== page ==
There are moments after a big fight with a significant other where the realization hits by either side that the relationship is on its tail end. Things are said that can’t be taken back, feelings share that were just small details at the beginning and kept away in the hope to be forgotten. The fight happens and takes a toll neither one is willing to admit to, so the couple gets back together, the status quo is restored but the nagging in the back of the head remains that it may be time to move on. One last job is planned so Callie can finally go into retirement and enjoy the few extra years Mercer’s heart gave her. Callie and Mercer try to pick up and glue back the pieces of what was broken in New York, after all they can’t really be without each other, can they? The first half of this comic had me a little worried about the page count and that everything might have had to be rushed to a conclusion. A lot of planning and talking, especially between Callie and Scout who are agreeing on Otto not being a great third for the crew, and mainly Callie and Mercer talking through what’s happening between them during last issue. Carefully planned and well thought, it leads to the moments the previous issue have been through before, without recapping them. Issue #5 fills in the gaps to make a whole story on to what his first arc led up to in an organic way. It gives out the details that were missing in order to have its audience put the final stage together to add them to the events that transpired through the last pages of issues one through four.
Callie has a wonderful journey ahead of her with one purpose in mind: she wants to be free. She was always waiting to be freed of whatever was in her way at the moment, she was waiting to be freed of her disease, she was waiting to be free of her job, her compliance, and she turns that into determination from the first issue that grows stronger with every event that happen during these five issues. She refuses to give in like she did before the heart transplant. Instead, she powers on with a plan that she shapes and refines throughout her escapades with Mercer and her crew. Callie is fully fleshed character whose journey happens organically, which makes for a relatable protagonist with a visible change a reader can relate to. The frustration of Callie and Mercer’s relationship was well communicated. It felt as with a friend you deeply care for is in a pretty bad relationship but no matter how much you let them know, they don’t want to ruffle the feathers of their current status quo.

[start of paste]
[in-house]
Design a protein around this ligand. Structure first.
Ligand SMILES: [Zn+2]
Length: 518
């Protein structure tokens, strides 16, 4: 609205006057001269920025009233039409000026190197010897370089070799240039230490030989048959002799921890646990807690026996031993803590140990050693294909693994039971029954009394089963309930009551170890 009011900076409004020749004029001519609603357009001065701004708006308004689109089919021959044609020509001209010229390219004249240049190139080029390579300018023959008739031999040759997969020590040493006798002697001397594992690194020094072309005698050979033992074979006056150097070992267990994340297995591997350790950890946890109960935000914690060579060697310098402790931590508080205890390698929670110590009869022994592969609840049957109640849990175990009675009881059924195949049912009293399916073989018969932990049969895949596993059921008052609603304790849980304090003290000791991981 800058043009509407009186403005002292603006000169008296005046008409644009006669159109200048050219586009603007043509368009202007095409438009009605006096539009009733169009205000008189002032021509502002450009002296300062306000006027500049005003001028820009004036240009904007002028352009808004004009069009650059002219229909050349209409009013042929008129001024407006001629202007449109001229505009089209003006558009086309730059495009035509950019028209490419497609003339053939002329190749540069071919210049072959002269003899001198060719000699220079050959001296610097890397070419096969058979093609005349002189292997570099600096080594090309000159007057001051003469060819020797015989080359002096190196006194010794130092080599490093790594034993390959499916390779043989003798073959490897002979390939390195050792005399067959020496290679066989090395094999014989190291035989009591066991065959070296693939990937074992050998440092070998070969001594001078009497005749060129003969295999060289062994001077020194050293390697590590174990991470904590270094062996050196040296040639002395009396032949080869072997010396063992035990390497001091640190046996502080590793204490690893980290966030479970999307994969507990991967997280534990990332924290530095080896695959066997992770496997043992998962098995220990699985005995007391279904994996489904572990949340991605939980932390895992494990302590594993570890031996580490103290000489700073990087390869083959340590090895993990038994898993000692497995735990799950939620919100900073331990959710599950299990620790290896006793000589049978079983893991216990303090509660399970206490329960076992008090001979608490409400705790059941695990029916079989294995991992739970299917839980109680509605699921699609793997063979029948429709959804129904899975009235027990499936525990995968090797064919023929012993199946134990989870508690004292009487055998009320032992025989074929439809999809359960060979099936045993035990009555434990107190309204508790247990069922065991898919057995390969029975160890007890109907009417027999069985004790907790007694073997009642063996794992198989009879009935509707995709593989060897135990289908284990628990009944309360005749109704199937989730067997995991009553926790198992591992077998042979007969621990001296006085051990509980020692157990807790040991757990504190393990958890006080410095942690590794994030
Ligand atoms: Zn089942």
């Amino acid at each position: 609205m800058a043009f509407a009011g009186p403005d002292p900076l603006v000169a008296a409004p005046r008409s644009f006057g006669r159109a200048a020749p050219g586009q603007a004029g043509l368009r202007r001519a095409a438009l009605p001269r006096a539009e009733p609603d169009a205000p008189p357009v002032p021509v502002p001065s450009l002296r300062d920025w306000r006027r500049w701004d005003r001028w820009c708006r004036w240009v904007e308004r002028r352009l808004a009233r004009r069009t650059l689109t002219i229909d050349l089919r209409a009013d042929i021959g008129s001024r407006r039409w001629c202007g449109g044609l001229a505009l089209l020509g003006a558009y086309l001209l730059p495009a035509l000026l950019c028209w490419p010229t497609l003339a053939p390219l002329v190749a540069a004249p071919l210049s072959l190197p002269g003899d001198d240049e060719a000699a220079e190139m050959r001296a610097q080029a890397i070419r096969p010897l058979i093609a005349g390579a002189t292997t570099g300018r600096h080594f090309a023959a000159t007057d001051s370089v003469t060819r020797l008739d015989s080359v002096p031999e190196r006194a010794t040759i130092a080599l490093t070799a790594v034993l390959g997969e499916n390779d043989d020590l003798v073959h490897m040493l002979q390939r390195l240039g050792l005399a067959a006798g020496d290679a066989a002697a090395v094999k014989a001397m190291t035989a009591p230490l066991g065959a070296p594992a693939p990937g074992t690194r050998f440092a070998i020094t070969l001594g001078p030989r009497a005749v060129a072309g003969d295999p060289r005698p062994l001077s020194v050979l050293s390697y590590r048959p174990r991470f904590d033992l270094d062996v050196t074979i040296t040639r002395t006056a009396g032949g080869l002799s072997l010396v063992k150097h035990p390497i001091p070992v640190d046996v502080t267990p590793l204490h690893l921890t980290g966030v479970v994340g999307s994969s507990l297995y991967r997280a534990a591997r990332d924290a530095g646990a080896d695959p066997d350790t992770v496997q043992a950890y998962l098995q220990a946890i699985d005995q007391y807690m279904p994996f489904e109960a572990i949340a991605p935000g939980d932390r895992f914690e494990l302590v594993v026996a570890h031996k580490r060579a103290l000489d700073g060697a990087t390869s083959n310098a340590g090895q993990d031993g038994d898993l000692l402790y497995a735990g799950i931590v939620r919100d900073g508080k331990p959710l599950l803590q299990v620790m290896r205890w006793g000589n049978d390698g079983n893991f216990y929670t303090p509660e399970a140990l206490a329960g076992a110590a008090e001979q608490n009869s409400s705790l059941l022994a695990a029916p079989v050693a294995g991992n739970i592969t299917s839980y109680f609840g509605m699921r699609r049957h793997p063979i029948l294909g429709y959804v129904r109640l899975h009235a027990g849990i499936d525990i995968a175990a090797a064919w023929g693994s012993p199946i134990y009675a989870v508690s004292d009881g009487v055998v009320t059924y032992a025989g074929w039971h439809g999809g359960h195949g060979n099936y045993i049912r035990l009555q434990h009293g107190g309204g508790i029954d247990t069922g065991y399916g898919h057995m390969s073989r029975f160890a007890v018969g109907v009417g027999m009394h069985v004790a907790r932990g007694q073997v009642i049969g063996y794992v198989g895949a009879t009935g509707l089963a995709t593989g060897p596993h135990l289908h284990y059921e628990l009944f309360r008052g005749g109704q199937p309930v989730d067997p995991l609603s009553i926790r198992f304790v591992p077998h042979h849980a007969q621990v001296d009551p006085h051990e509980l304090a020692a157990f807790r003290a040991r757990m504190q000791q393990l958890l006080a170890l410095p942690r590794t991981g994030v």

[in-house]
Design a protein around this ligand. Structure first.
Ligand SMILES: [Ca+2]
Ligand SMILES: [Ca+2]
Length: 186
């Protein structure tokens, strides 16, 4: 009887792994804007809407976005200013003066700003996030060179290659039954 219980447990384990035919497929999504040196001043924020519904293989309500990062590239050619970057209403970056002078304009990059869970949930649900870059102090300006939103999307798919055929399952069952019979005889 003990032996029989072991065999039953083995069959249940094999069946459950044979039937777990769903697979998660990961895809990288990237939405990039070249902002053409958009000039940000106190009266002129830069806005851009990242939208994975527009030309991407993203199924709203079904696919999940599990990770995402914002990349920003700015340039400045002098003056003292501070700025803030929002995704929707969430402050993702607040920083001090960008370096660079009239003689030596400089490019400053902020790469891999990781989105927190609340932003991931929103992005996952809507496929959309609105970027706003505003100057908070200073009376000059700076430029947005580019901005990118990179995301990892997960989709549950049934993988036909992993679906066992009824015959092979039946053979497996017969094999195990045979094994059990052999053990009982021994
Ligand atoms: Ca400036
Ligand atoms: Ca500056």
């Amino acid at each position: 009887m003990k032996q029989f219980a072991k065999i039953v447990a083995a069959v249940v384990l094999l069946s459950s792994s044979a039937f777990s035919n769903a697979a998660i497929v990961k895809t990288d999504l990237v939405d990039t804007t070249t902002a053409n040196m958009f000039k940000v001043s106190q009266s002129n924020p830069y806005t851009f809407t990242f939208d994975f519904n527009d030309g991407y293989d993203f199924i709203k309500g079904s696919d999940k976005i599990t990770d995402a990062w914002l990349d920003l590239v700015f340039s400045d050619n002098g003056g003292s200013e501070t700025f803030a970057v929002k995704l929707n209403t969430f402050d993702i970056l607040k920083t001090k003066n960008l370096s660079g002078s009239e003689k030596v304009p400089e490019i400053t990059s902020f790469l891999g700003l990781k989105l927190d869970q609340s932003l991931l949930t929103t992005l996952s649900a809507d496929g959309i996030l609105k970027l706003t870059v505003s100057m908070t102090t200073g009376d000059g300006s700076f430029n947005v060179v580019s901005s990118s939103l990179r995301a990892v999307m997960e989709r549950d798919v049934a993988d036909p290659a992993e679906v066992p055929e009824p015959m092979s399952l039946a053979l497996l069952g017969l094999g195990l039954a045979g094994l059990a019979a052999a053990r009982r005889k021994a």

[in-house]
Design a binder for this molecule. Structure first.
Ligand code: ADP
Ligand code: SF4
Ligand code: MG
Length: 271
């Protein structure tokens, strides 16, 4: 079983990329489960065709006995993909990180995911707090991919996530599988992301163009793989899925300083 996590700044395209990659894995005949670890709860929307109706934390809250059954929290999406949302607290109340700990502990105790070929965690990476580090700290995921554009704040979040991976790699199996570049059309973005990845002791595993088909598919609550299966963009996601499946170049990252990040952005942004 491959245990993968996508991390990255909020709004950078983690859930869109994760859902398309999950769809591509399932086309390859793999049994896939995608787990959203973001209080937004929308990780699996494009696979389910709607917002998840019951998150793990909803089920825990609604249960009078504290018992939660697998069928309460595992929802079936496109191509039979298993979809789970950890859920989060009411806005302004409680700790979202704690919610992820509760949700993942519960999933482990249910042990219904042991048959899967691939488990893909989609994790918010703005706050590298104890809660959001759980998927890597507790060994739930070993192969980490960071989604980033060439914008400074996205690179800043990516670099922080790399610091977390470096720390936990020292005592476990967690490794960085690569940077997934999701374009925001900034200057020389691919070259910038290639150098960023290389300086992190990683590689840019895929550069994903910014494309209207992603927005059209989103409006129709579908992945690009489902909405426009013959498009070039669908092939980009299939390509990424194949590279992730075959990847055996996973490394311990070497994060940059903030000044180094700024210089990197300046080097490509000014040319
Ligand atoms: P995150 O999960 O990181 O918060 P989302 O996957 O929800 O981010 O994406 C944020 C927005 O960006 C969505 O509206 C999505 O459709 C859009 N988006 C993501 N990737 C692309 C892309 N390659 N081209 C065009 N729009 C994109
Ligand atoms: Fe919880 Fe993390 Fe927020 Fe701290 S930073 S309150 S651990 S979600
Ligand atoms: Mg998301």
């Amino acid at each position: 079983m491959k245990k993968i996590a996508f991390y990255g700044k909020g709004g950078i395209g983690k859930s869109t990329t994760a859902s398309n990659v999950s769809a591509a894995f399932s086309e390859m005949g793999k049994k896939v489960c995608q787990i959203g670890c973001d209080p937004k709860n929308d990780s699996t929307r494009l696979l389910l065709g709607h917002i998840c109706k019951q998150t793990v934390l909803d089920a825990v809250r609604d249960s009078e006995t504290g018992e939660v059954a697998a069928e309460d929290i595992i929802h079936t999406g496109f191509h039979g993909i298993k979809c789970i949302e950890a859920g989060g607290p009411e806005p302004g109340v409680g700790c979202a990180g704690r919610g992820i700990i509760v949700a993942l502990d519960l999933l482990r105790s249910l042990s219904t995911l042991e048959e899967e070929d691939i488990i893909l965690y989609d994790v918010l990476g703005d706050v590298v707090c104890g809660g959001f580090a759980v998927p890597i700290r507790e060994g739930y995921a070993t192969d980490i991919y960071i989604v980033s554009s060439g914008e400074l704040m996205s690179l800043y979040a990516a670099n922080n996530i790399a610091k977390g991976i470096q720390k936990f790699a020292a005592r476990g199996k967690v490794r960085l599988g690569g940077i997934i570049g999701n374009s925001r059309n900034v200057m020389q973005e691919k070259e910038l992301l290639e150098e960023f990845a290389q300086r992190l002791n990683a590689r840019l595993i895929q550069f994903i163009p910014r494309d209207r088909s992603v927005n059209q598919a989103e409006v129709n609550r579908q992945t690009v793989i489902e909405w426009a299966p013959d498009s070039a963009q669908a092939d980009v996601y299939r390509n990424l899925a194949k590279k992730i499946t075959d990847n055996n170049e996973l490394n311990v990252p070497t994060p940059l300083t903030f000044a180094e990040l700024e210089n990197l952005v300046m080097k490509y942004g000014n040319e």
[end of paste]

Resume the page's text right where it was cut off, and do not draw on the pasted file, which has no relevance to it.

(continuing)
Art maintained a standard it set since issue one. With a period piece like Heartthrob, Wilson and Filardi captured an ever-changing Callie who goes from giving up on her life to fighting for it with everything she has. Scout transforms from the crew driver who stays out of other people’s shit to Callie’s trustee and philosophical advisor. All of these happen because of a great capture of expressions and changing mannerisms. I compared the tone of the finale to this story with a Dog Day Afternoon-like series and it remains true, but it keeps control of its influences and owns the story to bring it back to a climax that could only be delivered through this story.
Heartthrob relit this reviewers love for Fleetwood Mac, and proves that a romance comic can be gripping and gritty without being sappy or falling into clichés.
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Heartthrob #5 Writer: Christopher Sebela Artist: Robert Wilson IV Colorist: Nick Filardi Letterer: Crank! Publisher: Oni Press Price: $3.99 Format: Mini-Series; Print/Digital